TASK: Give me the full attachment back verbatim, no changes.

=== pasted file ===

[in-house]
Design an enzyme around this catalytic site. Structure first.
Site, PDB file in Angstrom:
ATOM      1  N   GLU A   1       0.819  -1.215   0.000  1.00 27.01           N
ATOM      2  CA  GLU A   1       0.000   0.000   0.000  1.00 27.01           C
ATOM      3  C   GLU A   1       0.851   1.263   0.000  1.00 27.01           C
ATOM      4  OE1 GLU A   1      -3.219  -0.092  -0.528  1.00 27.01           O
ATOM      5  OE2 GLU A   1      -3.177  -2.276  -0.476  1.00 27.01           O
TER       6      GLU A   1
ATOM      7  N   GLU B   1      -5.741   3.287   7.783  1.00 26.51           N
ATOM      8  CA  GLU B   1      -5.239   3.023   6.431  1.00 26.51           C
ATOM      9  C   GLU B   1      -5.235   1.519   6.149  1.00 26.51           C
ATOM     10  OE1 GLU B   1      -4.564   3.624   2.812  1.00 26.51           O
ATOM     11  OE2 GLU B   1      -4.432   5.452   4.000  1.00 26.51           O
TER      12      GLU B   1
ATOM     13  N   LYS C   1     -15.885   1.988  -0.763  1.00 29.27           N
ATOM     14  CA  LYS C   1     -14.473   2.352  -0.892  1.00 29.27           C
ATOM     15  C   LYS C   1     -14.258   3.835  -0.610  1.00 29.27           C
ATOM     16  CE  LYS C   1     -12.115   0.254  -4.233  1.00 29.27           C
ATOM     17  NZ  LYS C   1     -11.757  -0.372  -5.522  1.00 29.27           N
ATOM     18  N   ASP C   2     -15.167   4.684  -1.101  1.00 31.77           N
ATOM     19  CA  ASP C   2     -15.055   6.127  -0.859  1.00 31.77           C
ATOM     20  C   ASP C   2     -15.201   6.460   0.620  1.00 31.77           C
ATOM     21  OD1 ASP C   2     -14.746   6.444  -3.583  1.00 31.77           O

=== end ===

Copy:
[in-house]
Design an enzyme around this catalytic site. Structure first.
Site, PDB file in Angstrom:
ATOM      1  N   GLU A   1       0.819  -1.215   0.000  1.00 27.01           N
ATOM      2  CA  GLU A   1       0.000   0.000   0.000  1.00 27.01           C
ATOM      3  C   GLU A   1       0.851   1.263   0.000  1.00 27.01           C
ATOM      4  OE1 GLU A   1      -3.219  -0.092  -0.528  1.00 27.01           O
ATOM      5  OE2 GLU A   1      -3.177  -2.276  -0.476  1.00 27.01           O
TER       6      GLU A   1
ATOM      7  N   GLU B   1      -5.741   3.287   7.783  1.00 26.51           N
ATOM      8  CA  GLU B   1      -5.239   3.023   6.431  1.00 26.51           C
ATOM      9  C   GLU B   1      -5.235   1.519   6.149  1.00 26.51           C
ATOM     10  OE1 GLU B   1      -4.564   3.624   2.812  1.00 26.51           O
ATOM     11  OE2 GLU B   1      -4.432   5.452   4.000  1.00 26.51           O
TER      12      GLU B   1
ATOM     13  N   LYS C   1     -15.885   1.988  -0.763  1.00 29.27           N
ATOM     14  CA  LYS C   1     -14.473   2.352  -0.892  1.00 29.27           C
ATOM     15  C   LYS C   1     -14.258   3.835  -0.610  1.00 29.27           C
ATOM     16  CE  LYS C   1     -12.115   0.254  -4.233  1.00 29.27           C
ATOM     17  NZ  LYS C   1     -11.757  -0.372  -5.522  1.00 29.27           N
ATOM     18  N   ASP C   2     -15.167   4.684  -1.101  1.00 31.77           N
ATOM     19  CA  ASP C   2     -15.055   6.127  -0.859  1.00 31.77           C
ATOM     20  C   ASP C   2     -15.201   6.460   0.620  1.00 31.77           C
ATOM     21  OD1 ASP C   2     -14.746   6.444  -3.583  1.00 31.77           O